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Record of exploding stars 1,000 years ago may be written in polar ice

Ice cores drilled from the poles have provided valuable historical climate records, as the composition of the ice and the air bubbles trapped therein offers a relatively pristine glimpse of ancient conditions. Now a group of Japanese scientists says that the same technique may yield records of significant astronomical events as well.

In a paper posted recently to arxiv.org, Yuko Motizuki of the RIKEN Nishina Center for Accelerator-Based Science in Wako, Japan, and colleagues present evidence for an Antarctic ice-core record of supernovae, or stellar explosions, a millennium ago. A 400-foot (122-meter) core pulled up in 2001 at Dome Fuji station in East Antarctica shows spikes in the concentration of nitrate ion (NO3) that coincide with two known supernovae in the 11th century: supernova 1006, named for the year it was observed, and the Crab Nebula supernova of 1054. (Astronomers and astrologers in the Far East and the Middle East were already making detailed records of such events by that time.) Nearby supernovae, the researchers write, shower Earth with gamma rays, which can boost levels of nitrogen oxides in the atmosphere that might be recorded as nitrate spikes in the ice.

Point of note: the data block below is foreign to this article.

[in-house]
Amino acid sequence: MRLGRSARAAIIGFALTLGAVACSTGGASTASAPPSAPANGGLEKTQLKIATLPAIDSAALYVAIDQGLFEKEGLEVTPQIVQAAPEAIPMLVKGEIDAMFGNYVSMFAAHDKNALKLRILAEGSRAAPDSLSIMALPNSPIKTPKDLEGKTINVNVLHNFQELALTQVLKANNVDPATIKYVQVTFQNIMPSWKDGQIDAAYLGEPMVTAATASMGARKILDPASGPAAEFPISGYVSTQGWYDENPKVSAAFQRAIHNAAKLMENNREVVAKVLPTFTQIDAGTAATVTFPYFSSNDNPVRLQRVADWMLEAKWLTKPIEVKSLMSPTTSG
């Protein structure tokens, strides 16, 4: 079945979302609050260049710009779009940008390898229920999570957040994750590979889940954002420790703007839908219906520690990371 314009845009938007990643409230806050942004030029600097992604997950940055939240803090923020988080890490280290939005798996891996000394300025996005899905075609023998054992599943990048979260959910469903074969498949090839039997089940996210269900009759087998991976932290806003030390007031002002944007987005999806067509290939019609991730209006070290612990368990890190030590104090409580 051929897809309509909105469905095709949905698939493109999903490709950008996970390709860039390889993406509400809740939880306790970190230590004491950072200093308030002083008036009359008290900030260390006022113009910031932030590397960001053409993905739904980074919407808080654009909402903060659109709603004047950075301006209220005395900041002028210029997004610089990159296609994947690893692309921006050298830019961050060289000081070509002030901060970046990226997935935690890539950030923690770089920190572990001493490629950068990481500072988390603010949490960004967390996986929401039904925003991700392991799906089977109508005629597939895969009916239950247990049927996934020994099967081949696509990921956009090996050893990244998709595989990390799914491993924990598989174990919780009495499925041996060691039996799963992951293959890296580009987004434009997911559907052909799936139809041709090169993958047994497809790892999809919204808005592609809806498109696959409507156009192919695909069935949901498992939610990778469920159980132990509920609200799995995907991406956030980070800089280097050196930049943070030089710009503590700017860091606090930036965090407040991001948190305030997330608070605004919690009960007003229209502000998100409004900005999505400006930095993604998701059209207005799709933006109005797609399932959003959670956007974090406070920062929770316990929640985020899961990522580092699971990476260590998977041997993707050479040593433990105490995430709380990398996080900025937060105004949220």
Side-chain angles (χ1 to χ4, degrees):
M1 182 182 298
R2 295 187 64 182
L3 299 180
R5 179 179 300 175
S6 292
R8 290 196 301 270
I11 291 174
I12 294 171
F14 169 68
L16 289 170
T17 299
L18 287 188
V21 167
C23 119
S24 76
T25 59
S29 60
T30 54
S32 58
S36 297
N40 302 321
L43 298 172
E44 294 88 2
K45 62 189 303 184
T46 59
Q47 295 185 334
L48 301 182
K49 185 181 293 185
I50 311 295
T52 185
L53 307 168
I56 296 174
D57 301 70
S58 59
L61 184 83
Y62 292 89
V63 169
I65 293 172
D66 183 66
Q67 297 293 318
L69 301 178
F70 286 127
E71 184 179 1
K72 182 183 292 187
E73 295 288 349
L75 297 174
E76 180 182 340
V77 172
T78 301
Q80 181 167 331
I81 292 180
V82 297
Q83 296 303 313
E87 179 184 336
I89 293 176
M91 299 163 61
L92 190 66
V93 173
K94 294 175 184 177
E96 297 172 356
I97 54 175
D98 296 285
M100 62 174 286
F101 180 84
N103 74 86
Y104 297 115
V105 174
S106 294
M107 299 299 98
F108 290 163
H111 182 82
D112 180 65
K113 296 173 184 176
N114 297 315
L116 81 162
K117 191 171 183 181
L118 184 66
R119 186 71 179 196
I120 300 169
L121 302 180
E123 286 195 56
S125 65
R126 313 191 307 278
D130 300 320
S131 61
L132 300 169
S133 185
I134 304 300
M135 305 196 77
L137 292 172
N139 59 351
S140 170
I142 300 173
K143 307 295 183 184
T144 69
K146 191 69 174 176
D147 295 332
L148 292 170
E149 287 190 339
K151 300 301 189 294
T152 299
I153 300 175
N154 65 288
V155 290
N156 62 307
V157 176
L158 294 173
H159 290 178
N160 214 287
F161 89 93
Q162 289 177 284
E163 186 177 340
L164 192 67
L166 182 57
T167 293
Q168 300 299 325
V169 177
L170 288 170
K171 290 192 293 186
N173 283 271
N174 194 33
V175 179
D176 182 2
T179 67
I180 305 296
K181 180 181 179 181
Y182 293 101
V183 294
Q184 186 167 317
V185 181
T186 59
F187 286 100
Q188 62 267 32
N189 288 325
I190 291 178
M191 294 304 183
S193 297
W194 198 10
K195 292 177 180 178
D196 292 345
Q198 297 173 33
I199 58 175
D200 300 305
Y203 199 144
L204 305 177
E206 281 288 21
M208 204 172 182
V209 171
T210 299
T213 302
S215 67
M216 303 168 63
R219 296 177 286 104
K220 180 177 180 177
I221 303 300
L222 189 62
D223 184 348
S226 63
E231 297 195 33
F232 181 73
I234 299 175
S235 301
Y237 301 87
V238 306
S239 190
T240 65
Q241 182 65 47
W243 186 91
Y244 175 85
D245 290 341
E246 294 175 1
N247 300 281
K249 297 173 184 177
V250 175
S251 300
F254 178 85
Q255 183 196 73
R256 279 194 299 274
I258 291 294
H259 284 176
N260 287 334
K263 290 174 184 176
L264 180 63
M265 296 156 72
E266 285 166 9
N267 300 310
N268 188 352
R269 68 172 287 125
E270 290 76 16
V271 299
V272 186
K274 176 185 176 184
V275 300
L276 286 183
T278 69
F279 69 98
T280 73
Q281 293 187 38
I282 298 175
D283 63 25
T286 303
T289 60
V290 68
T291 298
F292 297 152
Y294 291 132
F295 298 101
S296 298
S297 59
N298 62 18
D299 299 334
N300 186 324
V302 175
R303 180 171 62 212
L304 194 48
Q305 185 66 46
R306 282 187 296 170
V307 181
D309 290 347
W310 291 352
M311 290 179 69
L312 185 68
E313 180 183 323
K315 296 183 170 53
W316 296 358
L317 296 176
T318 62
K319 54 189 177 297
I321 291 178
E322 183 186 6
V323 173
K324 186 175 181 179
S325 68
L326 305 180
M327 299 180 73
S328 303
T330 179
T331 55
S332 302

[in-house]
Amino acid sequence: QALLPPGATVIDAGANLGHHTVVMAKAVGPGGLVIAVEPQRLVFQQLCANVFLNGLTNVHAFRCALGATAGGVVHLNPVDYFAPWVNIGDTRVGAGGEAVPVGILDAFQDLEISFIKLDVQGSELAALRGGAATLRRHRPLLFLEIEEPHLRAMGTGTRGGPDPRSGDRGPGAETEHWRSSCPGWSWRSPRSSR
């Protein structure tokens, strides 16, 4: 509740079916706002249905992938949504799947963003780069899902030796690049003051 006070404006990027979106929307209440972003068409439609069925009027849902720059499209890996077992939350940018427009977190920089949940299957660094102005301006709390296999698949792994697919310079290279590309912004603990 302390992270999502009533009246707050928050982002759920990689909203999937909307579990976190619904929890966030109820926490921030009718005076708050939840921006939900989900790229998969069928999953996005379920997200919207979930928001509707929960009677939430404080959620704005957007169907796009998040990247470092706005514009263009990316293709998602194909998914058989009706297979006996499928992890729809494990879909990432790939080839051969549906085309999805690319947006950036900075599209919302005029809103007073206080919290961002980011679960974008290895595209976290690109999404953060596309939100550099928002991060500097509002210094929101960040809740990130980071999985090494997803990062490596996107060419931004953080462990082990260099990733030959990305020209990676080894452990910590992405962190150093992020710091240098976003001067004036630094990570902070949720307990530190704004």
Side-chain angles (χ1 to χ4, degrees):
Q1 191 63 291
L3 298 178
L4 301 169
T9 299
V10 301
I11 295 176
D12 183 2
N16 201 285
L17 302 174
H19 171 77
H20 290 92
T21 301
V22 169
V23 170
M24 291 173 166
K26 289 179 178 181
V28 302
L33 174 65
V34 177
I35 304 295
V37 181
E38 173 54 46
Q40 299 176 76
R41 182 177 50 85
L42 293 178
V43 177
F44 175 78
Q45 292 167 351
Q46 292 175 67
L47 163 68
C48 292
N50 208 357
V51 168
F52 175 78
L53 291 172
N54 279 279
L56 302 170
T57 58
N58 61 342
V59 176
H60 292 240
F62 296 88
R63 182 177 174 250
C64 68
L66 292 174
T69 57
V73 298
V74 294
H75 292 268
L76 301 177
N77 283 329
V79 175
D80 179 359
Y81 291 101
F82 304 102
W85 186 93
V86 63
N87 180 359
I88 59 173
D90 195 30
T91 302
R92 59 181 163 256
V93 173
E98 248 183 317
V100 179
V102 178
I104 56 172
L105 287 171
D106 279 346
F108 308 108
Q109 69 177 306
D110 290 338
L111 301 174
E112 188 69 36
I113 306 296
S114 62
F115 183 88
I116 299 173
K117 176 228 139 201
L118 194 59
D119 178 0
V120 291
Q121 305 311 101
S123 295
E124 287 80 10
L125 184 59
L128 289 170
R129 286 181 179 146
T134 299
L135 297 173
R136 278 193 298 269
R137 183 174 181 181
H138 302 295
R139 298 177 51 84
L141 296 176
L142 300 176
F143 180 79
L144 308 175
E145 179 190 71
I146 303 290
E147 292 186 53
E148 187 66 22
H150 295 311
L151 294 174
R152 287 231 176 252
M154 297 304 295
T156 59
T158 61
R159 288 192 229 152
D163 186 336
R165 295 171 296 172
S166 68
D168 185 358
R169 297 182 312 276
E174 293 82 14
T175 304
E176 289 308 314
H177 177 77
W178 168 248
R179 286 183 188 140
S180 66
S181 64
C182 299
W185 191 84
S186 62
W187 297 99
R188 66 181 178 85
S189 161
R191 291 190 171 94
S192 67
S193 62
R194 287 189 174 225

A third nitrate peak unearthed by the Japanese team, dated to 1060–1080, could be the mark of an unrecorded celestial event, the authors venture. An exotic stellar remnant called a soft gamma repeater might account for the mystery nitrate boost, as might a supernova obscured by clouds or simply not visible in the northern hemisphere, where the astronomers of the day were clustered.

The concept of drilling for astronomical records, the authors note, was proposed by astronomer Robert Rood of the University of Virginia and his colleagues in a 1979 paper in Nature, but the link between supernovae and nitrate spikes has remained speculative. Even the new research would be bolstered by additional correlations—to that end the authors note that a comprehensive review of ion levels and known supernovae from the past 2,000 years is now under way.

Photo of ice cores in storage courtesy of the National Ice Core Laboratory via Wikimedia Commons

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